Hall coefficient in semiconductors (for moderate magnetic fields)


The Hall effect is the production of a voltage difference (the Hall voltage) across an electrical conductor, transverse to an electric current in the conductor and a magnetic field perpendicular to the current. The Hall coefficient is defined as the ratio of the induced electric field to the product of the current density and the applied magnetic field. It is a characteristic of the material from which the conductor is made, since its value depends on the type, number, and properties of the charge carriers that constitute the current. When a current-carrying semiconductor is kept in a magnetic field, the charge carriers of the semiconductor experience a force in a direction perpendicular to both the magnetic field and the current. At equilibrium, a voltage appears at the semiconductor edges.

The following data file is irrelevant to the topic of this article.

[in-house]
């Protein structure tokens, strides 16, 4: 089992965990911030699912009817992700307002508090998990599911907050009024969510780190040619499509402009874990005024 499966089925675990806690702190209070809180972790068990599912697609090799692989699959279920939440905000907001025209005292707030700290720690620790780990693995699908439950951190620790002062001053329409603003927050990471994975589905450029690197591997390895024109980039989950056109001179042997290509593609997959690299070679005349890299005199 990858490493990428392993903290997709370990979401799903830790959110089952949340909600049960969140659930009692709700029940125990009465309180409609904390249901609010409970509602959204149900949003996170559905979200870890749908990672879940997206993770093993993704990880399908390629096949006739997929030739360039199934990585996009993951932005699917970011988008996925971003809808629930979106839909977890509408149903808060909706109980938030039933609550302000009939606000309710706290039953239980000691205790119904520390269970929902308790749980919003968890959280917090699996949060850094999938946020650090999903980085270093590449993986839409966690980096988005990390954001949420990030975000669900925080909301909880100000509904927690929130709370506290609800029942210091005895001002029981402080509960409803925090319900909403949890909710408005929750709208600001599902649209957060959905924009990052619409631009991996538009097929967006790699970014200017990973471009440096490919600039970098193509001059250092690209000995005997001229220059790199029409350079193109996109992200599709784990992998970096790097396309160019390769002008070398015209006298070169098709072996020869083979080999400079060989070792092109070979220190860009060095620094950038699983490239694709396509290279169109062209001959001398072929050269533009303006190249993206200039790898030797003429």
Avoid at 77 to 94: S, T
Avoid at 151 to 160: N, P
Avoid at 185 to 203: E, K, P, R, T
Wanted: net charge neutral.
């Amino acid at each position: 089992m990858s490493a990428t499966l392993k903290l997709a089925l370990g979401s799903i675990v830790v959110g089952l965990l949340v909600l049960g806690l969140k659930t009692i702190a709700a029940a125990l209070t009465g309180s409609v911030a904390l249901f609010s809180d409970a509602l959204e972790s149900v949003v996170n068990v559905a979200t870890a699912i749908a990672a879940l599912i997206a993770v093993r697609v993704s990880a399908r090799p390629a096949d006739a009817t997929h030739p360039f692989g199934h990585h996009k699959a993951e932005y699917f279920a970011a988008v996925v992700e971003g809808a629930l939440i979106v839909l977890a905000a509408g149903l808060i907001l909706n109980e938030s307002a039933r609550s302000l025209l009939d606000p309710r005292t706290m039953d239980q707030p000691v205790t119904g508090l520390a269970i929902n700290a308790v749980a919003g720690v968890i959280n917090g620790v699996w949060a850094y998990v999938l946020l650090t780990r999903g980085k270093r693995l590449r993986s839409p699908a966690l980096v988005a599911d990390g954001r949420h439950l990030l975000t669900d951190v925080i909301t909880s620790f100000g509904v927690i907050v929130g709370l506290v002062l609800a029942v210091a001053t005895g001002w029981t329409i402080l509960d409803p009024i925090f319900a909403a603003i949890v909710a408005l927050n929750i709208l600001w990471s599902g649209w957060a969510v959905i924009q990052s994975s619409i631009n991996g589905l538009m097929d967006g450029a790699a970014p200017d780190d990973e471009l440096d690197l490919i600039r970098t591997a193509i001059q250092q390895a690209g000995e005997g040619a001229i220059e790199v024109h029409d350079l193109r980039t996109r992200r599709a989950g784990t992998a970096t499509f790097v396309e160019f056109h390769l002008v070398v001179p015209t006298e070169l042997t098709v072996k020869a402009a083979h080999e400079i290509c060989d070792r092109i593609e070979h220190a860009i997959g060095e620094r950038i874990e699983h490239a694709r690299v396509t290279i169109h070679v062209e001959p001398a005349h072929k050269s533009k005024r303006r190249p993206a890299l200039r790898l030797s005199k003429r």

Related formulas


RHHall coefficient (m3/C)
pHole concentration (m-3)
μhHole mobility (m2/(V*s))
nElectron concentration (m-3)
μeElectron mobility (m2/(V*s))
eatomic unit of charge